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India and the global food crisis

Posted by: Manjeet Krpalani on April 14, 2008

The food crisis is upon us all. You and I have seen it creep up in the last month, when prices of basic vegetables went from Rs. 25 to Rs. 30 per kilo, to Rs. 50 a kilo, as currently. I’m not talking asparagus, or even aubergine. These are carrots and potatos and okra and beans.

It’s the usual story - New Delhi been slow to heed the warnings, not bothered about the ordinary guy, always thought they could import their way out of a food crisis. But this time they can’t, becasue there is none available to be had. Thailand is short of rice, Malaysia is short of palm oil, Australia is short of wheat. Afghanistan’s poppy farmers are cultivating wheat because, says Subir Gokarn, chief economist, Asia Pacific, Standard & Poor’s, “the risk-adjusted return on wheat is far better than poppy for now.”

Astonishing, the cost-of-food story has still not hit the headlines in India - those are still dominated by the foibles and/or glam parties given by politicians, rapes in the capital, or the upcoming cricket extravaganza.

New Delhi should be warned. India’s economic take-off happened because the ordinary man, for the first time, had smelt prosperity. Interest rates were low, businesses were investing, jobs were being had, cell phones made the service industry happen. Stomachs were fuller, and with the additional money being earned, the plumber, the mechanic, the taxi driver, the vegetablewallah, all invested it in their children’s education. Sometimes that cost Rs. 300, sometimes Rs. 800 a month. That’s $7.50 to $10 a month, but it’s a princely amount.

Now with food prices going up, how will the man on the street make ends meet - especially as those ends include an education for their children? That they can no longer compromise on. They’ve seen a vision of a better life, and schooling brings respectability and feeds aspirations.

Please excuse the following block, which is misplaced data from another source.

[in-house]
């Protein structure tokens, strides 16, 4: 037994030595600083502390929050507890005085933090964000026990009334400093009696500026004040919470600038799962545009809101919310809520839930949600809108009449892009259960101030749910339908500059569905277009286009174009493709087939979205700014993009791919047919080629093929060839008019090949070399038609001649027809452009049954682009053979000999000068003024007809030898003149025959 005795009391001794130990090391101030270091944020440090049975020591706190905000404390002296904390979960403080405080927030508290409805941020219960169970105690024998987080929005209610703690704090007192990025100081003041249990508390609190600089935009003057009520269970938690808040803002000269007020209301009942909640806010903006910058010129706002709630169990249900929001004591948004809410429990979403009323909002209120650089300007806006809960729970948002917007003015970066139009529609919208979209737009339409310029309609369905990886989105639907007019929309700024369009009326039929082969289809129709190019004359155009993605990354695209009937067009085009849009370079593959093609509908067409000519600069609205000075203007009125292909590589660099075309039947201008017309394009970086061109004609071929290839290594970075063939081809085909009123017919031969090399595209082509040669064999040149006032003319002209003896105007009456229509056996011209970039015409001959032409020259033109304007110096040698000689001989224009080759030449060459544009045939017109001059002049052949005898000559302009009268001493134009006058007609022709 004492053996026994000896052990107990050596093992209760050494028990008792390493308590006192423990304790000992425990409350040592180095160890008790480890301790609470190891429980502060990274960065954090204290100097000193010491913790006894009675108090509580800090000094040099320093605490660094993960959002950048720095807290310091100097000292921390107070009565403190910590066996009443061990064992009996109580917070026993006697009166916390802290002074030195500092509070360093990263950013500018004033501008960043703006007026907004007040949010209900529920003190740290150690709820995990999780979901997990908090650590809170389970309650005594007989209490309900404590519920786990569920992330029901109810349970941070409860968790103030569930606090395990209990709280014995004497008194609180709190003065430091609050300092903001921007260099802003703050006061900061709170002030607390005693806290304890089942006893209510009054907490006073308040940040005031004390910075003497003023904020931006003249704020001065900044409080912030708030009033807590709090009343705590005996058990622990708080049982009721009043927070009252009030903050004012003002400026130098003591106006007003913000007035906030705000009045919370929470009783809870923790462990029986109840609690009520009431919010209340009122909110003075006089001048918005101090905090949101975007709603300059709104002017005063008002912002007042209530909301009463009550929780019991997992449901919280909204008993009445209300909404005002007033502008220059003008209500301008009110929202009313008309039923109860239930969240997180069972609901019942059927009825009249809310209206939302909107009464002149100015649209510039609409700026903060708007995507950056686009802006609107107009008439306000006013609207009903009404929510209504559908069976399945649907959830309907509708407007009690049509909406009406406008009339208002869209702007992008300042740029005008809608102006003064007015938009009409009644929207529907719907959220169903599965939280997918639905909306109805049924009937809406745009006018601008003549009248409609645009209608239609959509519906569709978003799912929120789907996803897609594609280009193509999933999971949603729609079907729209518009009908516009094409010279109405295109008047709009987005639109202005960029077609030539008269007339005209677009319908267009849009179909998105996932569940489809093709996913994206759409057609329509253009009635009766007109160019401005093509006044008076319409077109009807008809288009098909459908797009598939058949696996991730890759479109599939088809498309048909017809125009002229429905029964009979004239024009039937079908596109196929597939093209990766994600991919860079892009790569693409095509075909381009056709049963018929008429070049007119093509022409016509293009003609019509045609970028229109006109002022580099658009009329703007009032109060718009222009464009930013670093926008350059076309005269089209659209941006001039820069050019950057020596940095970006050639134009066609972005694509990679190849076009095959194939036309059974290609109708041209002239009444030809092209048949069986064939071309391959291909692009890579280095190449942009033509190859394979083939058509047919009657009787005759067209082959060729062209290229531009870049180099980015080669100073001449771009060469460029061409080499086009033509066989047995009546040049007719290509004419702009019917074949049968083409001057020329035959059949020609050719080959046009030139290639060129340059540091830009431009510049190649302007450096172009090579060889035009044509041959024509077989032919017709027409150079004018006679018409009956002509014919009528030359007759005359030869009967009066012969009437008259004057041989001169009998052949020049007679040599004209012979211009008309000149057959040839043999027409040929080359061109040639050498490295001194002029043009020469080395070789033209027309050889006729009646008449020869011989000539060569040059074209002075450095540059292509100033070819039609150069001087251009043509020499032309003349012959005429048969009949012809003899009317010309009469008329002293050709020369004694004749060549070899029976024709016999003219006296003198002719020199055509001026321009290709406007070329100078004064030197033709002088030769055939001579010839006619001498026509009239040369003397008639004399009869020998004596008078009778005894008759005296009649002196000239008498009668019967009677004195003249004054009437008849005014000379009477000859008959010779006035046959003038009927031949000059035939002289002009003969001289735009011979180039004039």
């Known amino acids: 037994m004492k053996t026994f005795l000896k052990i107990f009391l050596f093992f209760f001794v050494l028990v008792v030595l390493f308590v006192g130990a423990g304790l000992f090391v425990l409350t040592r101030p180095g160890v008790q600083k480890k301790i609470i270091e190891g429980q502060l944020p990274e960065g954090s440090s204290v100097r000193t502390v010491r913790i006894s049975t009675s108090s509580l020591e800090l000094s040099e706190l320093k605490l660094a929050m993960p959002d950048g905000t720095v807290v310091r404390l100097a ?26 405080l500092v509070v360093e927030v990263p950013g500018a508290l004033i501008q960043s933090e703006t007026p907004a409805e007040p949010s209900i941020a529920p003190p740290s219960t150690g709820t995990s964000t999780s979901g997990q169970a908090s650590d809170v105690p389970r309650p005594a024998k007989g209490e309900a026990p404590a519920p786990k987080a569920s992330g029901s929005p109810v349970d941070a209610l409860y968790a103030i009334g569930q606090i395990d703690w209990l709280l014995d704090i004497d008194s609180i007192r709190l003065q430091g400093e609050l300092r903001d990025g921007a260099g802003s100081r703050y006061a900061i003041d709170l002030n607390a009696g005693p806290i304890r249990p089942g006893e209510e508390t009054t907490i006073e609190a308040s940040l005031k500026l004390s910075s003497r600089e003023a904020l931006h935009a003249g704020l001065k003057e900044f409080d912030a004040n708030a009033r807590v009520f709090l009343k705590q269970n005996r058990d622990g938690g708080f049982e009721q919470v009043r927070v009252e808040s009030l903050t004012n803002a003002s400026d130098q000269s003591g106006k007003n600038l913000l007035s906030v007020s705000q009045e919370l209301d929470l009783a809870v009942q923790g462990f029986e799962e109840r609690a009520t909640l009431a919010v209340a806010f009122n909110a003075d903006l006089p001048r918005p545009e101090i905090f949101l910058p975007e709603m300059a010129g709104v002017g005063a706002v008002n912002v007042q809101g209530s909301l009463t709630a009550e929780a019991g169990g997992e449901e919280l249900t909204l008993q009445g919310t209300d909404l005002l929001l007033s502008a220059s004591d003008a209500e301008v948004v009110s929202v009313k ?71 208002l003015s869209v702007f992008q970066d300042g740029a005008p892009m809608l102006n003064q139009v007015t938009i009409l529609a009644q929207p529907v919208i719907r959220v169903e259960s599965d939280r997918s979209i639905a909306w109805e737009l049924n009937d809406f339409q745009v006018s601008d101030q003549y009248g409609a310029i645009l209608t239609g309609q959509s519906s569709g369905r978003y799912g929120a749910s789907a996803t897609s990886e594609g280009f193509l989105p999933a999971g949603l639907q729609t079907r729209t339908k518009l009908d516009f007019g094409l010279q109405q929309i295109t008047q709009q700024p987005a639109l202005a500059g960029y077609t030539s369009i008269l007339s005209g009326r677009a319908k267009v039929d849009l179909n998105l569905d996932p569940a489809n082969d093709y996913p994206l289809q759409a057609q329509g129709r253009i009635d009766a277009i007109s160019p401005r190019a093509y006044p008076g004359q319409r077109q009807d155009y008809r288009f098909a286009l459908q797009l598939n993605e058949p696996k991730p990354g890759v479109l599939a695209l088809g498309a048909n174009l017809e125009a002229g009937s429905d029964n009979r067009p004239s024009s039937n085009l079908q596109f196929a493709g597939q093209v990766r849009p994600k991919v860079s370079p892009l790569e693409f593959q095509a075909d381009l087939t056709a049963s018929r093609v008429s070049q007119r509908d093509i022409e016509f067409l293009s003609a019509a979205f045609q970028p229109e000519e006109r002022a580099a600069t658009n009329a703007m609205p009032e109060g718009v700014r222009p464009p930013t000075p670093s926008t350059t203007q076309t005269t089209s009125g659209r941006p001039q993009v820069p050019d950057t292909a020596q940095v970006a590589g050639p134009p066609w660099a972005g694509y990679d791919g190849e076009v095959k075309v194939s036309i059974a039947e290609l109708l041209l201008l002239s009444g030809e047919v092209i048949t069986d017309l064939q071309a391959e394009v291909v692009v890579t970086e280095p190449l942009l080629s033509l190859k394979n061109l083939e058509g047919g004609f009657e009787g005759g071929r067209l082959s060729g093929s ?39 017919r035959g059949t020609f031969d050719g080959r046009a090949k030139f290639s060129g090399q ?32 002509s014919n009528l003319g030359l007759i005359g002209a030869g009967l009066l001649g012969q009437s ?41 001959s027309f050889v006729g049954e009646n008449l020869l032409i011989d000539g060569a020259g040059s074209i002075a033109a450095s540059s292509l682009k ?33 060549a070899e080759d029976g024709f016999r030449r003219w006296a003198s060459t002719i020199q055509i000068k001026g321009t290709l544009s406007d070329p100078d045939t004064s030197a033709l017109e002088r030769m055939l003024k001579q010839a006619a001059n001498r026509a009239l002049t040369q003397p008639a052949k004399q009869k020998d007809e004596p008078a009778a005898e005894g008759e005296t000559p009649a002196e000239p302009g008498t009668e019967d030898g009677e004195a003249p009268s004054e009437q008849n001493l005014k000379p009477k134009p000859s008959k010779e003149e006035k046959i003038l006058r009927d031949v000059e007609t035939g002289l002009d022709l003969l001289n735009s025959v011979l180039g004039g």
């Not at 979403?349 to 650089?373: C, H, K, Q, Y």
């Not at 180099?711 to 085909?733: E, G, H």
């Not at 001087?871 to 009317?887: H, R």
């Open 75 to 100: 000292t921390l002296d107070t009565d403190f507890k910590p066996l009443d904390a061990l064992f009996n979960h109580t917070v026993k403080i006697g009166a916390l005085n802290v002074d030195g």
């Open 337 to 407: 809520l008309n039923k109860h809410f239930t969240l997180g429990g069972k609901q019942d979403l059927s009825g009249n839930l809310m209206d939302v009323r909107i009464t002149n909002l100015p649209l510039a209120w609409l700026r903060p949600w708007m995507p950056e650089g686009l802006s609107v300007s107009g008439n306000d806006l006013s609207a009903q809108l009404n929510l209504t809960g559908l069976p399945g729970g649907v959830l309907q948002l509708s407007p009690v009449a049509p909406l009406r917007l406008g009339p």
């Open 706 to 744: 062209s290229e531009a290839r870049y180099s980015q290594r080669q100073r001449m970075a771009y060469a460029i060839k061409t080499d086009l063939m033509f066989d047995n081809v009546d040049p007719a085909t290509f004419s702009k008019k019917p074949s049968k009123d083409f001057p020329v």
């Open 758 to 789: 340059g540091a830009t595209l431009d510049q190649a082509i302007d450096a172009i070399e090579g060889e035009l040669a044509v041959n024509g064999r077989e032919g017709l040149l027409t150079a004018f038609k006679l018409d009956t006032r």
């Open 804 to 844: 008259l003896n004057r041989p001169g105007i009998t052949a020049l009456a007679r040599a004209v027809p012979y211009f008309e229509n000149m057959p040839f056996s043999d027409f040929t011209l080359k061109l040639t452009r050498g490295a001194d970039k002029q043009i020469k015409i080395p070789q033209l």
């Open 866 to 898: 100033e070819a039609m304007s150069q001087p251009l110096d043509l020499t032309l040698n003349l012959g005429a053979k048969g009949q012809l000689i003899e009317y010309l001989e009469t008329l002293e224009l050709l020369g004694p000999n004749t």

I’m hoping for street protests, so the politicians can hear, loudly. While Sonia Gandhi and her crew in New Delhi sit down to a sumptuous lunch of imported iceberg lettuce and pasta, and Dr. Manmohan Singh and finance minister P. Chidambaram with butter chicken at night, they should know that people are cringing from making agonizing choices - nourishment for the family, or school fees?

India’s food problems are of its own making. Reform of the services sector, of the financial sector, has all happened, but not yet reform of the agricultural sector, on which 65% of India depends for a livelihood. S&P chief economist Gokarn says the chickens will come home to roost for this government in New Delhi if India has one bad monsoon - and it’s coming up in June, just a few months before the national elections in 2009. The political environment will take a turn for the worse, as will the economic scenario.

“Perhaps now they will see the costs of not reforming agriculture,” says Gokarn. There are still too many bottlenecks, too many investments not yet made. “I believe in the crisis-begets-reform school for India,” Gokarn explains. “The deeper the crisis, the greater the reform. This is a significant trigger for change.”

In short, everyone should pray for a bad monsoon for India this year, so that the future can be ensured by deep reform at the cost of short-term misery. No one in today’s India should have to sacrifice their child’s education for the higher price of food.

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Bloomberg Businessweek’s team of Asia reporters brings you the latest insights on business, politics, technology and culture from some of the world’s biggest and fastest-growing economies.

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